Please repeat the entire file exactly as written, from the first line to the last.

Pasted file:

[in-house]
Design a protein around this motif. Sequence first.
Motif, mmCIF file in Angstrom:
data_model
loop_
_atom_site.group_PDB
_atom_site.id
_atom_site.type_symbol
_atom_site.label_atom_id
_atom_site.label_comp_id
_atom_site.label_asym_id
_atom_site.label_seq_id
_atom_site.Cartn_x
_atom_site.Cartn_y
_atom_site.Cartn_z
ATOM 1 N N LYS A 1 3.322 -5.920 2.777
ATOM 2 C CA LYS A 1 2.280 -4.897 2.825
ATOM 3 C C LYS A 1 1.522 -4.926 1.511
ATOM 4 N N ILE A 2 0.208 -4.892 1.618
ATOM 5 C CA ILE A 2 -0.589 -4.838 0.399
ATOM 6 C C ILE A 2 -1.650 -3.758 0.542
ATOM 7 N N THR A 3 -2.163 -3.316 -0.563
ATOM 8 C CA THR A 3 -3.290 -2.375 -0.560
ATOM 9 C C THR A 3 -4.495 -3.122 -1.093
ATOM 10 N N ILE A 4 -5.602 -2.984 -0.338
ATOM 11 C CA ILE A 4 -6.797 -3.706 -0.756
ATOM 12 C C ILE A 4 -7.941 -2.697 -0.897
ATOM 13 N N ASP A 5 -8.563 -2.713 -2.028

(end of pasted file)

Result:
[in-house]
Design a protein around this motif. Sequence first.
Motif, mmCIF file in Angstrom:
data_model
loop_
_atom_site.group_PDB
_atom_site.id
_atom_site.type_symbol
_atom_site.label_atom_id
_atom_site.label_comp_id
_atom_site.label_asym_id
_atom_site.label_seq_id
_atom_site.Cartn_x
_atom_site.Cartn_y
_atom_site.Cartn_z
ATOM 1 N N LYS A 1 3.322 -5.920 2.777
ATOM 2 C CA LYS A 1 2.280 -4.897 2.825
ATOM 3 C C LYS A 1 1.522 -4.926 1.511
ATOM 4 N N ILE A 2 0.208 -4.892 1.618
ATOM 5 C CA ILE A 2 -0.589 -4.838 0.399
ATOM 6 C C ILE A 2 -1.650 -3.758 0.542
ATOM 7 N N THR A 3 -2.163 -3.316 -0.563
ATOM 8 C CA THR A 3 -3.290 -2.375 -0.560
ATOM 9 C C THR A 3 -4.495 -3.122 -1.093
ATOM 10 N N ILE A 4 -5.602 -2.984 -0.338
ATOM 11 C CA ILE A 4 -6.797 -3.706 -0.756
ATOM 12 C C ILE A 4 -7.941 -2.697 -0.897
ATOM 13 N N ASP A 5 -8.563 -2.713 -2.028